Using the Pyramid Principle to build better PowerPoint presentations

6 min read

When you have an important PowerPoint presentation to give and a lot of information to cover, it can be difficult to know where to start. Whether it’s a monthly report, pitch deck, or research findings, you need to craft a clear and simple message without losing the essential details. What’s more, you need to do it in a way that grabs—and keeps—your audience’s attention.

So where should PowerPoint users begin when starting with a blank slide deck, and how can you structure your presentation for maximum impact?

The answer is by using the Pyramid Principle, a method for improving clarity of communications created by former McKinsey consultant Barbara Minto. Minto spent decades training McKinsey recruits on how to use this technique, eventually publishing her work in her book, The Pyramid Principle.

While you can apply this principle to any type of communication, this article focuses on its use in PowerPoint presentations. Here you’ll get a basic overview of how the Pyramid Principle works, key strategies for structuring your deck and tips for creating more effective slides and presentations.

What is the Pyramid Principle?

The Pyramid Principle focuses on presenting your top-level conclusion first, followed by supporting arguments, data and facts. The ideas presented can be mapped out as a hierarchy, with the level of detail increasing as you move down the pyramid.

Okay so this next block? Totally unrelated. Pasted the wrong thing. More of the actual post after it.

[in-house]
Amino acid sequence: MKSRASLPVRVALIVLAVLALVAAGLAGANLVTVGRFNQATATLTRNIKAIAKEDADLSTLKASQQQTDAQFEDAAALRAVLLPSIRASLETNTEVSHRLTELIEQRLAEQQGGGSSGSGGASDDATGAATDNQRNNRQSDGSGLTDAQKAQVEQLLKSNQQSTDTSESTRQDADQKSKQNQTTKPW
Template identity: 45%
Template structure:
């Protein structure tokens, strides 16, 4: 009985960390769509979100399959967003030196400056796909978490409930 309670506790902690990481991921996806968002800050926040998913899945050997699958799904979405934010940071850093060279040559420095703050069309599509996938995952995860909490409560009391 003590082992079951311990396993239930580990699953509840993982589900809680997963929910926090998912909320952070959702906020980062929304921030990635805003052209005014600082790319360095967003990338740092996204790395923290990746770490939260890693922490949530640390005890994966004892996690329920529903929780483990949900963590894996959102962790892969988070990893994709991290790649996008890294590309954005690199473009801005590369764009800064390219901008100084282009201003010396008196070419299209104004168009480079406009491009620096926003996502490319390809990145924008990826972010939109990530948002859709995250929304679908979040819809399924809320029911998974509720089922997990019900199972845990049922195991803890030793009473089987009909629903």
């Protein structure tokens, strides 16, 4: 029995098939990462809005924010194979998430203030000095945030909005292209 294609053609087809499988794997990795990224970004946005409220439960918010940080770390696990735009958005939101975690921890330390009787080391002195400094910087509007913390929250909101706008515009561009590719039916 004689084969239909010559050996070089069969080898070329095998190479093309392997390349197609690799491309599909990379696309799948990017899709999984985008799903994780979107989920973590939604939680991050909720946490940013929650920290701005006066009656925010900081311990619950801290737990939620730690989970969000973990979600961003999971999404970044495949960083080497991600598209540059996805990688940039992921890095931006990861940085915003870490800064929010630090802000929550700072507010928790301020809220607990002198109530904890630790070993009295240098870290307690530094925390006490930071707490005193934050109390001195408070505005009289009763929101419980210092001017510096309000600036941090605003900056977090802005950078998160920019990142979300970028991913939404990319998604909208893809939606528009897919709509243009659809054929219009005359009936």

The Pyramid principle structure.

Why you should use the Pyramid Principle in Your PowerPoint presentations

Most people tend to present ideas in a bottom-up fashion. That is, you start by presenting all of your facts and arguments, ending with your conclusion. However, presenting your conclusion first and then delving into the detail is more effective for several reasons:

  • Starting from a high level and moving into greater detail makes it easier for your audiences to understand your story or argument
  • Business leaders think from a big-picture perspective, and generally want to know the solution before digging into the data behind it
  • If you start with your conclusion, it serves as a reference point or north star and you are less likely to lose the thread of your story

Structuring your introduction

Your presentation introduction, typically represented by an executive summary slide, is the top of the pyramid and should include your key conclusion or recommendation. Crafting this executive summary first can help you organize the body of your presentation.

Your executive summary slide should include three key elements:

  1. Situation: Start with a self-sufficient and uncontroversial statement on the topic which the reader can automatically understand and agree with.
  2. Complication: What is the change or problem you will address? In other words, you want to answer the question, “Who cares?”
  3. Resolution: This is the main point you’re trying to make. Here you may also summarize your main supporting arguments to help orient your audience to where your presentation is going.

These elements mirror classic storytelling principles, providing a structure the brain already recognizes. Here’s an example of what this might look like in practice:


For decades, China has been considered the factory of the world


Today, rising labor costs and supply chain challenges are leading companies to seek new manufacturing bases in other Asian countries